Try to prove a stronger result Quick description ( As a student, one is asked to prove many statements that have been carefully designed so that their hypotheses are exactly the appropriate ones for deducing the conclusion. This makes it possible to design "trick" questions with unnecessarily strong hypotheses: these questions can be hard if one tries to use the hypotheses as they stand, since their full strength is irrelevant. The problems that arise when one is doing research are often of the "trick" variety: one has not been set them by a benign professor in the sky. So it is a good idea to investigate whether weaker hypotheses will suffice. As with looking at small cases, this can help one to locate the true point of difficulty of a problem. Similarly, if you are trying to find an example of a mathematical structure X that has a certain property P, it may be easier to look for an X that has a stronger property Q. And even if you fail, you are likely to understand much better what is required to find an X that satisfies P. )

Prove a consequence first Quick description ( This is the flip side of "Try to prove a stronger result"; if one wants to prove some statement, it can be useful to first prove a weaker consequence of that statement, and then use that weaker result as a stepping stone to the full result.)

Think axiomatically even about concrete objects Quick description ( If you are trying to prove a fact about the exponential function, it may be easier not to use any of the common definitions of this function, but to use instead a few properties that it has, of which the most important is that \exp(x+y)=\exp(x)\exp(y). In general, it is often possible to turn concrete problems into abstract ones in this way, and doing so can considerably clarify the problems and their solutions. )

Temporarily suspend rigor Quick description ( The final proof of a result should of course be fully rigorous. But this certainly does not prevent one from suspending rigor in order to locate the right proof strategy to pursue. For instance, if one needs to compute some complicated integral expression, one can temporarily suspend concerns about whether operations such as interchange of integrals is actually justified, and go ahead and perform these operations anyway in order to find a plausible answer. One can always go back later and try to make the argument more rigorous.)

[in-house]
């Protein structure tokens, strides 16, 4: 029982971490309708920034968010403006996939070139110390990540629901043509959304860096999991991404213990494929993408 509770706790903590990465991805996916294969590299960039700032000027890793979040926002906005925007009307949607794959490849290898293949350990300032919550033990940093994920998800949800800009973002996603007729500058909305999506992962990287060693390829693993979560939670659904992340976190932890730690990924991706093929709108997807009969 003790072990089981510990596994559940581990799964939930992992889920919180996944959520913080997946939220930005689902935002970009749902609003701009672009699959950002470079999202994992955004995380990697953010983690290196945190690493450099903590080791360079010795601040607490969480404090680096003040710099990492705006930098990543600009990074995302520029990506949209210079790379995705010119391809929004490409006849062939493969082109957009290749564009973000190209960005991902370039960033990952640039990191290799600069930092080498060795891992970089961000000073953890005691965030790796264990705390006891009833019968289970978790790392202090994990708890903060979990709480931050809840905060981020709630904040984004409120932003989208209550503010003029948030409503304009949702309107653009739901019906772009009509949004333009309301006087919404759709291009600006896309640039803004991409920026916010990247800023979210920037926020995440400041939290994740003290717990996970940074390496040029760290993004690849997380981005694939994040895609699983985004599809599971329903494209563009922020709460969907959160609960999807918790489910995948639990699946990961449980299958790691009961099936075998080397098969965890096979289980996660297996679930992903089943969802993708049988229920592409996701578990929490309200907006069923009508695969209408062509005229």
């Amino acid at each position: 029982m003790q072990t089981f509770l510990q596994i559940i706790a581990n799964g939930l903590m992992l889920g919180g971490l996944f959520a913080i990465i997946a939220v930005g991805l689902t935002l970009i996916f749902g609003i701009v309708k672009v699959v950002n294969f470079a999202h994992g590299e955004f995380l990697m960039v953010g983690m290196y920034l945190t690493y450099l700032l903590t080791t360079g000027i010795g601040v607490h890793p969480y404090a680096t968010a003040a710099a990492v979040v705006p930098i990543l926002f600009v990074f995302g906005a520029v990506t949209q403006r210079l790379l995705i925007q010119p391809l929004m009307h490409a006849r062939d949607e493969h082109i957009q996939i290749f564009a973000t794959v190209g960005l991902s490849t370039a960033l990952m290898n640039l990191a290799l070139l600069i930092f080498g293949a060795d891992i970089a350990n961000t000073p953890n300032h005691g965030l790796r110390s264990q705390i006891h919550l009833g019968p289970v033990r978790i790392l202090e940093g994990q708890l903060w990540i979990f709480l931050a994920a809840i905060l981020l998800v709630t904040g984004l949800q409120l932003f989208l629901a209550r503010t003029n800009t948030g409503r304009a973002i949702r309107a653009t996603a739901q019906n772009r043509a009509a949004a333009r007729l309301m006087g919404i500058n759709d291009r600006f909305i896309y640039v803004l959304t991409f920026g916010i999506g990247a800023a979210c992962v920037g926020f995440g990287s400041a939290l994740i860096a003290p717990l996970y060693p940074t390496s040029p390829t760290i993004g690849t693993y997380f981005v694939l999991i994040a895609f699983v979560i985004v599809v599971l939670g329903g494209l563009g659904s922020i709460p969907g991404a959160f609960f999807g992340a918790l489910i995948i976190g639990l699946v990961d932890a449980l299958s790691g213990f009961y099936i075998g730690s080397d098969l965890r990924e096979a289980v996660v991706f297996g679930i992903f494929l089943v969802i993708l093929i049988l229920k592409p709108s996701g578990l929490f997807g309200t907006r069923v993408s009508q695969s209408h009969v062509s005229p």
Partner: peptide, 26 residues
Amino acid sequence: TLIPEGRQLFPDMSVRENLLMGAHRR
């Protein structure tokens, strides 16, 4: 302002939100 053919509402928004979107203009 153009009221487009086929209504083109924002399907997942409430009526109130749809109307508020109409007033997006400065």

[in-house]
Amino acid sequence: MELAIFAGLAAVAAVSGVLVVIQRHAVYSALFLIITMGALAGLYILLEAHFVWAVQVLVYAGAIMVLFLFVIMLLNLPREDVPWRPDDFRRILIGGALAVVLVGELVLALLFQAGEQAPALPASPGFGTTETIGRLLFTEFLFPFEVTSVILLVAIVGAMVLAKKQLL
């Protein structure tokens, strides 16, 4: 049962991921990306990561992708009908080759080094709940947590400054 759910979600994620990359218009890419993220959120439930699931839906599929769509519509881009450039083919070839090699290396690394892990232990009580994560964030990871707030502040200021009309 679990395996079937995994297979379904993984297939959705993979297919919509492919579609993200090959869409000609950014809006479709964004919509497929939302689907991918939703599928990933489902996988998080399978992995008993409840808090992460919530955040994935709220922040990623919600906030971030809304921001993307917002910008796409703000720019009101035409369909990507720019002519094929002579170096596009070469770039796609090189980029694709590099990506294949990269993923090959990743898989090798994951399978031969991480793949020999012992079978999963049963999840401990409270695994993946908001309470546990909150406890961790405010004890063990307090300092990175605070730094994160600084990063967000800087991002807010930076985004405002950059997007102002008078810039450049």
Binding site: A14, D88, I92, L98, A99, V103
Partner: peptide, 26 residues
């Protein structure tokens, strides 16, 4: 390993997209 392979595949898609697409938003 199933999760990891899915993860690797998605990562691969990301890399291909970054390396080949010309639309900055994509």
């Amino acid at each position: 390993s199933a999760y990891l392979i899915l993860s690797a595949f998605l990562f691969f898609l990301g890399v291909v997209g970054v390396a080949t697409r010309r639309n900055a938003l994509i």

Turn off all but one of the difficulties Quick description ( A problem may have several independent difficulties plaguing it; for instance one may need to establish an estimate which is uniform both with respect to a large parameter N, and an independent small parameter \varepsilon. In that case, one can often proceed by passing to a special case in which only one of the difficulties is "active", solving each of these basic special cases, and then try to merge the arguments together. For instance, one could set N=1 and get an argument which is uniform as \varepsilon \to 0, then set \varepsilon=1 and get an argument which is uniform as N \to \infty, then try to put them together.)

Simplify your problem by generalizing it Quick description ( Sometimes if you generalize a statement, the result is easier to prove. There are several reasons for this, discussed in separate articles linked to from this page. )

If you don't know how to make a decision, then don't make it Quick description ( Very often a proof requires one to choose some object that will make the rest of the proof work. And very often it is far from obvious how to make the choice. Often a good way of getting round the problem is to take an arbitrary object of the given type, give it a name X, and continue with the proof as if you had chosen X. Along the way, you will find that you need to assume certain properties P_1,\dots,P_k of X. Then your original problem is reduced to the question "Does there exist an object of the given type with properties P_1,\dots,P_k?" Often, this is a much more straightforward question than the main problem you were trying to solve. )

If an argument looks promising but needs some technical hypothesis, try assuming that hypothesis for now, but aim to remove it later Quick description ( If you have an idea on how to solve a problem, but it requires a hypothesis that one does not actually have, one doesn't necessarily have to abandon the strategy entirely; one may try instead for a conditional result assuming the hypothesis instead. If that is successful, one can then try to look for ways to remove the extra hypothesis. )